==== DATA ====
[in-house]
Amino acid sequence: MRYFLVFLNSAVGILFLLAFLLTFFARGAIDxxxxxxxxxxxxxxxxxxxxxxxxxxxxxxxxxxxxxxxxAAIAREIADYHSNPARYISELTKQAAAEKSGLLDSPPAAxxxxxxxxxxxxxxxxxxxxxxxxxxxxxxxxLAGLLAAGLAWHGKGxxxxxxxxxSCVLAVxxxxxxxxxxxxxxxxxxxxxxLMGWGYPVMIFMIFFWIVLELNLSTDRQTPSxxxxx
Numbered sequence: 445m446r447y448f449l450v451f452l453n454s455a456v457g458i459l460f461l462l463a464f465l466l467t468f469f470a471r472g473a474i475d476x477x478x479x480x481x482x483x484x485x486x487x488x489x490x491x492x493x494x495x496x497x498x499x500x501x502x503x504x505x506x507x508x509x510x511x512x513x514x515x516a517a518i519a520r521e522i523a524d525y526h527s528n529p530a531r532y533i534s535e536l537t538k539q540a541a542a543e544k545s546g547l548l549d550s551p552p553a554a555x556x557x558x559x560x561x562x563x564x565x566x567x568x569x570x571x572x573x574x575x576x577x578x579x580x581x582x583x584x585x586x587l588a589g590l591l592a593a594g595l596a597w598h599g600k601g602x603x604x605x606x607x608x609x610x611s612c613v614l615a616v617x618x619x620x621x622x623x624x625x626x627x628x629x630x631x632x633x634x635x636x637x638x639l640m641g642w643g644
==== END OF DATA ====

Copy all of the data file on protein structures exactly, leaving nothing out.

[in-house]
Amino acid sequence: MRYFLVFLNSAVGILFLLAFLLTFFARGAIDxxxxxxxxxxxxxxxxxxxxxxxxxxxxxxxxxxxxxxxxAAIAREIADYHSNPARYISELTKQAAAEKSGLLDSPPAAxxxxxxxxxxxxxxxxxxxxxxxxxxxxxxxxLAGLLAAGLAWHGKGxxxxxxxxxSCVLAVxxxxxxxxxxxxxxxxxxxxxxLMGWGYPVMIFMIFFWIVLELNLSTDRQTPSxxxxx
Numbered sequence: 445m446r447y448f449l450v451f452l453n454s455a456v457g458i459l460f461l462l463a464f465l466l467t468f469f470a471r472g473a474i475d476x477x478x479x480x481x482x483x484x485x486x487x488x489x490x491x492x493x494x495x496x497x498x499x500x501x502x503x504x505x506x507x508x509x510x511x512x513x514x515x516a517a518i519a520r521e522i523a524d525y526h527s528n529p530a531r532y533i534s535e536l537t538k539q540a541a542a543e544k545s546g547l548l549d550s551p552p553a554a555x556x557x558x559x560x561x562x563x564x565x566x567x568x569x570x571x572x573x574x575x576x577x578x579x580x581x582x583x584x585x586x587l588a589g590l591l592a593a594g595l596a597w598h599g600k601g602x603x604x605x606x607x608x609x610x611s612c613v614l615a616v617x618x619x620x621x622x623x624x625x626x627x628x629x630x631x632x633x634x635x636x637x638x639l640m641g642w643g644